JPMorgan Chase DPA Provides Insight into Government’s Assessment of Compliance Programs

On September 29, 2020, US authorities announced that they reached an agreement with JPMorgan Chase & Co. (JPMorgan Chase) to settle criminal charges related to two distinct years-long market manipulation schemes involving hundreds of thousands of spoof orders on precious metals and US Treasury futures contracts. 

The settlement agreements resolve investigations by the Department of Justice (the DOJ), the Commodity Futures Trading Commission, and the Securities & Exchange Commission (the SEC). As part of the settlement, JPMorgan Chase entered into a deferred prosecution agreement (DPA) and agreed to pay over $920 million in criminal penalties, disgorgement, and restitution.

The DPA builds on recent updates to guidance from the US government regarding best practices for corporate compliance programs. In June 2020, the DOJ published an updated version of its document, “Evaluation of Corporate Compliance Programs” (the Guidance), and the next month, the DOJ’s and SEC’s “A Resource Guide to the US Foreign Corrupt Practices Act” (the FCPA Guide) was revised to include, among other changes, expanded guidance related to the evaluation of corporate compliance programs. The DPA includes language consistent with the compliance hallmarks outlined in the Guidance and FCPA Guide and also reflects some of their latest additions, indicating that the government will continue to examine these hallmarks when evaluating a compliance program’s effectiveness.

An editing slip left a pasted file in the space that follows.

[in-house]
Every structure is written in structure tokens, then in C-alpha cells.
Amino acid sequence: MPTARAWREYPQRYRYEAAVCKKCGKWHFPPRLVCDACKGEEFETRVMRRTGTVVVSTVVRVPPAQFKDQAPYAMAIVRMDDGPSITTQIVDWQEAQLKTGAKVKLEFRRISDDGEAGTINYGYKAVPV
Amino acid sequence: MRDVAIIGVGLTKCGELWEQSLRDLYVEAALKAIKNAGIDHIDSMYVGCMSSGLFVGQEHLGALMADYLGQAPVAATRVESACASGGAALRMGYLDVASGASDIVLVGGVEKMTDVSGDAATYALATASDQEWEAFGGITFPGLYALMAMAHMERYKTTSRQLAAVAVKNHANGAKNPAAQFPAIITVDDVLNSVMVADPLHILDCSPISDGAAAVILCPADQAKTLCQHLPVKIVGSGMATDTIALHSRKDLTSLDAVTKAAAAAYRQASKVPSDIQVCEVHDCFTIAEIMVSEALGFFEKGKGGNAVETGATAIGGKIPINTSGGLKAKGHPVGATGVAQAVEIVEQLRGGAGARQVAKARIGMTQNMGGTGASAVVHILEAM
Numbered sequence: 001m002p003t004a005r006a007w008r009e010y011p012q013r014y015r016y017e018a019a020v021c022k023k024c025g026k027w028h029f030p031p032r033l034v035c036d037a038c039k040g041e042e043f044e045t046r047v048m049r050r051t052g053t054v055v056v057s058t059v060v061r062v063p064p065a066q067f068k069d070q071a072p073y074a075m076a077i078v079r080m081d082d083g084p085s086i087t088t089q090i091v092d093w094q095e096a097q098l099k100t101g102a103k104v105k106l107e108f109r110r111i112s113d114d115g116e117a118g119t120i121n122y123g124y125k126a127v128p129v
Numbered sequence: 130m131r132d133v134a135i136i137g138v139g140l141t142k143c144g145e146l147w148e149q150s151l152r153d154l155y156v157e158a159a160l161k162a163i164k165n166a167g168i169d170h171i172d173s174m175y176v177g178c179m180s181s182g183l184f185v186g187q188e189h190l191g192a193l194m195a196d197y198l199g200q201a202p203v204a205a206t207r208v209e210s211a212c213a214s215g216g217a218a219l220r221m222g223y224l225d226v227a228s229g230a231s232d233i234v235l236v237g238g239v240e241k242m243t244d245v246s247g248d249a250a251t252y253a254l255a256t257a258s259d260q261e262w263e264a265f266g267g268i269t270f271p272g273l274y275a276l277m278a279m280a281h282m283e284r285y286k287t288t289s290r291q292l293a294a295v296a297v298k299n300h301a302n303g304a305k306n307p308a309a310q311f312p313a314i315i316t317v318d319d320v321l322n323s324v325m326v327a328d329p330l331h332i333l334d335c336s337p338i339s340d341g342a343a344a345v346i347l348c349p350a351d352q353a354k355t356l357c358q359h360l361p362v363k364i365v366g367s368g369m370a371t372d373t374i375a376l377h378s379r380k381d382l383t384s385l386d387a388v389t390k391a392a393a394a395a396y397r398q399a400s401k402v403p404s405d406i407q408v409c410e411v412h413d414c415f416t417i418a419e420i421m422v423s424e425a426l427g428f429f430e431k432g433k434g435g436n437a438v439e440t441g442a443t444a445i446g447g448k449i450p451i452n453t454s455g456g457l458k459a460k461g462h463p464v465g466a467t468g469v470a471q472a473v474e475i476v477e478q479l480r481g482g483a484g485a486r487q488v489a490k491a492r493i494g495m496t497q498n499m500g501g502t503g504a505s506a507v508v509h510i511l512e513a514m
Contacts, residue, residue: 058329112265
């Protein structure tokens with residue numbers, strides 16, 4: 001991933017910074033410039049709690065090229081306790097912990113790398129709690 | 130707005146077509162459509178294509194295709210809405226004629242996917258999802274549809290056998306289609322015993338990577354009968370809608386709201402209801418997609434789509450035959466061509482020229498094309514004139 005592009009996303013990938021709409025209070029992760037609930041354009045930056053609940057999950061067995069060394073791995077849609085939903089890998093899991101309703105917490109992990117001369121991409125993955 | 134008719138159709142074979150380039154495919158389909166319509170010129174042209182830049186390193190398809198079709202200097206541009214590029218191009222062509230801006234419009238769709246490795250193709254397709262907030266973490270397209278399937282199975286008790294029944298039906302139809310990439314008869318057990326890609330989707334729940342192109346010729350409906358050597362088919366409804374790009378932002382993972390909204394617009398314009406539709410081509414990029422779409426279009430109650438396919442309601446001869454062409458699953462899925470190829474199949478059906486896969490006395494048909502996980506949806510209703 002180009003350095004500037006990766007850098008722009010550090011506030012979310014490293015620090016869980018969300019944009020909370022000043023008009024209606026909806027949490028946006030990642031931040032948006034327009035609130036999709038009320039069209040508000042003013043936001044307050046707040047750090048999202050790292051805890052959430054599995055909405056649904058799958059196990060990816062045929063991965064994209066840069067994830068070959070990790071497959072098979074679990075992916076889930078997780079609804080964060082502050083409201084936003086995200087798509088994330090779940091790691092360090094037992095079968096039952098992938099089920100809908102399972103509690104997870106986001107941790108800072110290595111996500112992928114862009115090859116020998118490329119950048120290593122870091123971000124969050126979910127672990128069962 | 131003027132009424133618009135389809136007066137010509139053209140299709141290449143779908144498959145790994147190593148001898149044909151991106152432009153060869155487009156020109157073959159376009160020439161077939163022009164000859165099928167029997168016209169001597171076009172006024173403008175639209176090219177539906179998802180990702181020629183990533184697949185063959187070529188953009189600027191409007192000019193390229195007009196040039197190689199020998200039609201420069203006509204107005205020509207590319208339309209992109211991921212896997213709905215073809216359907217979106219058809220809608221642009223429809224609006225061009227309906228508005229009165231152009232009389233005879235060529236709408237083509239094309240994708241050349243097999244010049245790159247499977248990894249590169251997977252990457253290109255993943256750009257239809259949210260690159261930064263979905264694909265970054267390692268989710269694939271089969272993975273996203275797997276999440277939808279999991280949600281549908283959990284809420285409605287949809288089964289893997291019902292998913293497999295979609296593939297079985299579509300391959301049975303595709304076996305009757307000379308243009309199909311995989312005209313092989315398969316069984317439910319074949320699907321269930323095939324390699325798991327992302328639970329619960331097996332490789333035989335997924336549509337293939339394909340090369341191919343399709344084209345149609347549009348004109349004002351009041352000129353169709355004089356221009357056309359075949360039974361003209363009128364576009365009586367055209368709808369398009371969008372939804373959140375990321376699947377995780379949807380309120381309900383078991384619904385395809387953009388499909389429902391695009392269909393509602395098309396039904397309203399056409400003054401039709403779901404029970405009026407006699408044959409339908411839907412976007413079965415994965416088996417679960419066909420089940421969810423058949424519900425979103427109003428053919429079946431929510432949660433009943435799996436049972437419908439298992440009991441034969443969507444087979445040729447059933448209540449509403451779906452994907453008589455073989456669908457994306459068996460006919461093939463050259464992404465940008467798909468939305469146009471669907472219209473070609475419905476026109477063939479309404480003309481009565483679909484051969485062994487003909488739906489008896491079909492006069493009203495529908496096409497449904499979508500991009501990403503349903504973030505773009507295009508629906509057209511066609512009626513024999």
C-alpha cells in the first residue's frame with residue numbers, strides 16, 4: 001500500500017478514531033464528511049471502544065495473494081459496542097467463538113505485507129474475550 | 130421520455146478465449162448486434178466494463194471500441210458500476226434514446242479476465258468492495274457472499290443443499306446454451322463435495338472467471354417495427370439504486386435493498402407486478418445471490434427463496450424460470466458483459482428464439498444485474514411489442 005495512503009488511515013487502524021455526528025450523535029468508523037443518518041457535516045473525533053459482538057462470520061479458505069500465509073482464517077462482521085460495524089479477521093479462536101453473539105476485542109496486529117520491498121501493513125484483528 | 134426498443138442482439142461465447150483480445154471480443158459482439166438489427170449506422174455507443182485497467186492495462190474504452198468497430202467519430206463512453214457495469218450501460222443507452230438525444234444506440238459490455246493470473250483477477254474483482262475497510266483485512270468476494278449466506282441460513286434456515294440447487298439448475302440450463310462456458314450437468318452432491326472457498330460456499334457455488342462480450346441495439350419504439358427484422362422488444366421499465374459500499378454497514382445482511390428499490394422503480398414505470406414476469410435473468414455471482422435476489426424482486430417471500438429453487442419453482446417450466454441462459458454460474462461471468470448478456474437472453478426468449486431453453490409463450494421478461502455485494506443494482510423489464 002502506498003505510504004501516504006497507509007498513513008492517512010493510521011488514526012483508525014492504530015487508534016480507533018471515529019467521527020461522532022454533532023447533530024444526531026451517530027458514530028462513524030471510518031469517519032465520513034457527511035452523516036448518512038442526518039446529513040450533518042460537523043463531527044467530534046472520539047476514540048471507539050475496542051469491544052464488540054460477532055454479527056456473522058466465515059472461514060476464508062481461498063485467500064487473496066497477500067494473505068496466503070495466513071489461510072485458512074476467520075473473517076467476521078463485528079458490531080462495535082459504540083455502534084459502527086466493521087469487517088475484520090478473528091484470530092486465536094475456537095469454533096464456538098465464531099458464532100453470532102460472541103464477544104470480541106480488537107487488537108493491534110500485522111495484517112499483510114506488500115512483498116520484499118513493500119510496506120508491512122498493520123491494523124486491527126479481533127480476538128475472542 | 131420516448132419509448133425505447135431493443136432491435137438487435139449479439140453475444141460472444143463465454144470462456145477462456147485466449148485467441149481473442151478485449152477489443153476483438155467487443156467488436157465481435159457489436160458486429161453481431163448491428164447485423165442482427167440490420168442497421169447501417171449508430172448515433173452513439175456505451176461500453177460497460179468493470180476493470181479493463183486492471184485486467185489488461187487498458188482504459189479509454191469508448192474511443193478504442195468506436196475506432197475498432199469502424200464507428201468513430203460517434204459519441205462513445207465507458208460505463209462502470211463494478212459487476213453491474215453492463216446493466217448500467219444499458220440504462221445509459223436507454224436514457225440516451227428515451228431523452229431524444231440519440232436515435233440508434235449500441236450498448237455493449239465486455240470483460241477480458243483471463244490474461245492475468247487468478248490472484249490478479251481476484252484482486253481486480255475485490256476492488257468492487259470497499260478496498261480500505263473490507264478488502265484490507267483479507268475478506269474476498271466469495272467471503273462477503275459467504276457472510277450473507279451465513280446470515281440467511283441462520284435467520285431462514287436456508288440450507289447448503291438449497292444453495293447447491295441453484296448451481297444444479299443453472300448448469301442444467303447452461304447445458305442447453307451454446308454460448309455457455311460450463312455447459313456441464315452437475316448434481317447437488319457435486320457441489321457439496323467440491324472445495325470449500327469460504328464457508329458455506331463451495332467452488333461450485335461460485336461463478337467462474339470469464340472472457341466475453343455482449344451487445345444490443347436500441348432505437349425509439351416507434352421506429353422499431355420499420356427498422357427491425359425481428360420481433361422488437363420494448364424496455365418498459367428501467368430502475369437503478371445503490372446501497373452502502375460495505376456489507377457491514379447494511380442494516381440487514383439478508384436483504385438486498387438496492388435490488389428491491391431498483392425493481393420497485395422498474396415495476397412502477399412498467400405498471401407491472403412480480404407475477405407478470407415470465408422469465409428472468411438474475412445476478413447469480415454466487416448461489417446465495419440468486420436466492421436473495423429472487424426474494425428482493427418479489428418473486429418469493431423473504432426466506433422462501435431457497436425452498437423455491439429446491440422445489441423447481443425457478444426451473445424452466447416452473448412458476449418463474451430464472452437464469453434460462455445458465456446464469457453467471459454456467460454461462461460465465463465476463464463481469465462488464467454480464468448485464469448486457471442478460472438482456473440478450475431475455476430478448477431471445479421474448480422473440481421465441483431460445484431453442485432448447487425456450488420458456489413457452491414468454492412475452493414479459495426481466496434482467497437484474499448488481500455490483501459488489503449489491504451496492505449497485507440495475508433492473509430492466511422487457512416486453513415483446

The language in the DPA tracks the Guidance on key elements of a compliance program, but also adds a new focus on using data to build an effective program and explicitly links it to a root cause analysis. For example, the DPA mandates that JPMorgan Chase “will ensure that compliance and control personnel have sufficient direct or indirect access to relevant sources of data to allow for timely and effective monitoring and/or testing” and that it will test the data in order to “conduct a thoughtful root cause analysis and timely and appropriately remediate to address the root causes.” This mirrors the new language added to the Guidance in June 2020 concerning data resources and access, and further connects it to root cause analysis as part of remediation efforts.

New concepts from the Guidance about the review and evolution of a compliance program are also reflected in the DPA, which requires that JPMorgan Chase’s trainings, where appropriate, discuss prior compliance incidents. The latest update to the Guidance encourages prosecutors to consider whether a company reviews and adapts “its compliance program based upon lessons learned from its own misconduct and/or that of other companies facing similar risks.” The July update to the FCPA Guide similarly stresses that the “truest measure of an effective compliance program is how it responds to misconduct” and that the compliance program should “integrate lessons learned from misconduct into the company’s policies, training, and control.” JPMorgan Chase’s obligations under the DPA about conducting a root cause analysis and training based on past incidents highlight the government’s focus on companies’ remediation efforts to apply “lessons learned” from previous compliance episodes.

The US government guidance materials recognize that there is no one-size-fits-all approach to compliance and that each company’s compliance program should be calibrated to its risk profile. Nevertheless, the inclusion of the recent updates to the Guidance and FCPA Guide in the DPA underscores the importance of a company’s ability to conduct a meaningful root cause analysis and having effective investigation and training mechanisms. Companies should be prepared to revise their corporate compliance programs in light of lessons learned from past compliance misconduct.


Continue Reading